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Summary:

Despite a global economic downturn, the demand for broadband is growing globally, especially in Asia. It is hardly a surprise that Asian countries that favor fiber-based connections like South Korea and Japan now account for 59 of the top 100 fastest cities in the world.

Asia, thanks to the growing number of fiber-based broadband connections in countries like China, Japan and South Korea accounts for 59 of the top 100 fastest cities in the world, according to data released by Akamai Technologies , a Cambridge, Mass.-based content delivery network provider. Akamai examines the average measured connection speeds to determine which cities it deems the fastest.

Akamai, in the fourth quarter of last year first measured the city speeds but came up with a list that was heavily skewed in favor of academic cities, mostly because university networks are uber-fast. This time around, Akamai has applied an “Academic Network” filter in addition to its metric of “a minimum of 50,000 unique IP addresses that connect to Akamai network.” As a result, the three top-ranked cities from the fourth quarter – Berkeley, Calif., Chapel Hill, N.C., and Stanford, Calif. – are now out of the top 100 list.  After discounting college towns, Masan, South Korea is the fastest city in the world, according to the data collected by Akamai. Here are some relevant stats about the top 100 fastest Internet cities.

* Asia dominates the top 100 list with 59 cities.

* Japan accounts for 30 cities in the list.

* The U.S. has 12 cities in the list, with seven located in California.

* Umeå, Sweden is the fastest city in Europe, and is ranked No. 18 out of 100.

Akamai is likely to release its first quarter 2010 State of the Internet report tomorrow and the report is going to feature a new metric: global average maximum connection speeds. This is a metric that measures the end-user connections. According to this metric:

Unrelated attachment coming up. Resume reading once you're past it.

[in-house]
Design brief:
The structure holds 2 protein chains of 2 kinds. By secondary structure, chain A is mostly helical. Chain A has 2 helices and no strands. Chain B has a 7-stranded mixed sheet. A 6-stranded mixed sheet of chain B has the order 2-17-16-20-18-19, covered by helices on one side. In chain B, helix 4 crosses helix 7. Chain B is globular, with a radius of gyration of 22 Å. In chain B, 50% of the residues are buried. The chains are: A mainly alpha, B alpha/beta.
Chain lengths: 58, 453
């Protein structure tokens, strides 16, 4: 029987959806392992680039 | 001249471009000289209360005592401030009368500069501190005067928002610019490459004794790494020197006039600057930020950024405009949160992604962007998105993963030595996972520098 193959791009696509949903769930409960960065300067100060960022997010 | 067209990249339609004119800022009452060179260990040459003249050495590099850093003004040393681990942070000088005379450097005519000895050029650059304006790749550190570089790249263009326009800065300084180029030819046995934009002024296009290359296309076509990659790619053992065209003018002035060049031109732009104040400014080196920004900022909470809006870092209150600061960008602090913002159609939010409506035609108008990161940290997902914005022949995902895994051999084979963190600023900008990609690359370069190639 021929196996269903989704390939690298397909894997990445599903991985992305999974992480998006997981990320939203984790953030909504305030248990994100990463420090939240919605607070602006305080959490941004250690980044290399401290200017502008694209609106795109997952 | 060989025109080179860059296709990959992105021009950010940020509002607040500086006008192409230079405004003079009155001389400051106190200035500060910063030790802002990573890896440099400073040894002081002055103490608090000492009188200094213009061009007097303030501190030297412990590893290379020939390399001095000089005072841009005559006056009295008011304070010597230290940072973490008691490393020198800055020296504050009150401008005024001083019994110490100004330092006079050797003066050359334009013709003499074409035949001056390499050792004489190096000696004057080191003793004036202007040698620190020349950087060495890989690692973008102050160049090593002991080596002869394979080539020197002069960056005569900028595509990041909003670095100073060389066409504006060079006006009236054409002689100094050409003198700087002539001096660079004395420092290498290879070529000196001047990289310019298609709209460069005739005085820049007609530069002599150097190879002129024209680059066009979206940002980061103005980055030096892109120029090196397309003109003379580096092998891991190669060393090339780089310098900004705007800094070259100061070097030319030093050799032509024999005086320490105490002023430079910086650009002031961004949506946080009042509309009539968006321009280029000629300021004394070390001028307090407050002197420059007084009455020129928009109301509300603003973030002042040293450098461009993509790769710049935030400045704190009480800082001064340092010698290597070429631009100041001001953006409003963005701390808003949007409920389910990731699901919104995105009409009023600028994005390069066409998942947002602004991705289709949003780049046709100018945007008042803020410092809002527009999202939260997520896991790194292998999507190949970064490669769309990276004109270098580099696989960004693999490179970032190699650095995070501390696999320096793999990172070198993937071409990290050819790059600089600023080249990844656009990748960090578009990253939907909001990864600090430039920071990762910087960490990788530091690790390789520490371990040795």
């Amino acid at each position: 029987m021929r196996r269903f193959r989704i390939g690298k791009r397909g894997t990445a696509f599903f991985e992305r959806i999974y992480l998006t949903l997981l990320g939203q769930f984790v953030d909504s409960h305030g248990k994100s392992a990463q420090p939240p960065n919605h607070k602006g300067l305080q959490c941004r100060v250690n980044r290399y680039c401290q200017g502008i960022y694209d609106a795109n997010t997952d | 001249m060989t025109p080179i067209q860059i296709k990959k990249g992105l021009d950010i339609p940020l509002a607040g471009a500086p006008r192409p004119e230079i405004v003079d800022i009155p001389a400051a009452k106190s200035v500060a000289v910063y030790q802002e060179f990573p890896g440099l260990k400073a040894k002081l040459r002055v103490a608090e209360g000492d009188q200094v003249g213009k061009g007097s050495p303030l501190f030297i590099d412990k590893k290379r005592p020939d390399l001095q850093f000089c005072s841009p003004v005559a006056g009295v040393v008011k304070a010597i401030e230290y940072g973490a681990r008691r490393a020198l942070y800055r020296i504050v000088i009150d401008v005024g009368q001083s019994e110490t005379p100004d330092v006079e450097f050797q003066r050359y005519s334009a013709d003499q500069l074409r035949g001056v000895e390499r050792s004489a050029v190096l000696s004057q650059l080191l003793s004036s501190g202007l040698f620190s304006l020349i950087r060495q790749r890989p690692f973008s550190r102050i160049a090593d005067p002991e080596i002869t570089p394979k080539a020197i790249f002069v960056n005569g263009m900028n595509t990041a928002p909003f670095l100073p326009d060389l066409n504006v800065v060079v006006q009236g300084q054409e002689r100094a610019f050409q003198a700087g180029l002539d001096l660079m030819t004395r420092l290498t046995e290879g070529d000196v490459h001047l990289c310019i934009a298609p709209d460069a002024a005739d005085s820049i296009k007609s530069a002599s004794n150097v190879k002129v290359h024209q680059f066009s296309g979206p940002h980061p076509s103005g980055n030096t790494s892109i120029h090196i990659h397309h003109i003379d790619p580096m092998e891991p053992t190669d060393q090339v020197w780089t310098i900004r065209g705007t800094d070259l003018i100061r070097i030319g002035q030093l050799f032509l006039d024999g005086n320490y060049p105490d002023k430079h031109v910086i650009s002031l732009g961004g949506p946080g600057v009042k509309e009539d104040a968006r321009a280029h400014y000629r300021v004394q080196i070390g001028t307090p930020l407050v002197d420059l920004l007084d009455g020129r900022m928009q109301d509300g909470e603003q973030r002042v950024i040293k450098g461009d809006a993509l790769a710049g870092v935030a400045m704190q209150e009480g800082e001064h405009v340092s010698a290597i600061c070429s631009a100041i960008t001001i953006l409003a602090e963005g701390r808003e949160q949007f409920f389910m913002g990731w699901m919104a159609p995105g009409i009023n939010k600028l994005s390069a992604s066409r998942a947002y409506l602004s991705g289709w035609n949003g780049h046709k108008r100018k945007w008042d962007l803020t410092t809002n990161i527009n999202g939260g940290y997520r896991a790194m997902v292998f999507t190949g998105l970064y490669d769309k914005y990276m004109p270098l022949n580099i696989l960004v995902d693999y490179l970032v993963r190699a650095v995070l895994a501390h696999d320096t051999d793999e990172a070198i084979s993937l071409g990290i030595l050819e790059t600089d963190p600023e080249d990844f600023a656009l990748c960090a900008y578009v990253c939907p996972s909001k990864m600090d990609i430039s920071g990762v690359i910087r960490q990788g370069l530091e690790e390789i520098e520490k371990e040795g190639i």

* South Korea has a average maximum connection speed of 33 Mbps.

* South Korea, Hong Kong and Japan are the top three countries by speed in the list.

* US was eight amongst the top ten countries – with average maximum speed of 16 Mbps.

* European countries make up six of the top ten fastest countries, with each country averaging a maximum speed of 15 Mbps. These include Romania (#4), Sweden (#5), Latvia (#6), Belgium (#7), Portugal (#9) and Bulgaria (#10.)

On the mobile end of things, Akamai measured wireless carriers and their average maximum speeds.

* Eighty-three of the 109 total mobile providers have an average maximum connection speed of over 2 Mbps.

* Thirty-three networks had maximum measured speeds higher than 5 Mbps.

* Six networks had maximum speeds of greater than 10 Mbps.

Here are some other interesting Internet facts from the forthcoming report:

* There are over 487 million unique IP addresses that connect to Akamai network from 233 countries and regions.

* The number of IP addresses grew 7.2 percent in the first quarter of 2010 when compared to the fourth quarter of 2009. The year-over-year growth in IP addresses is about 30 percent.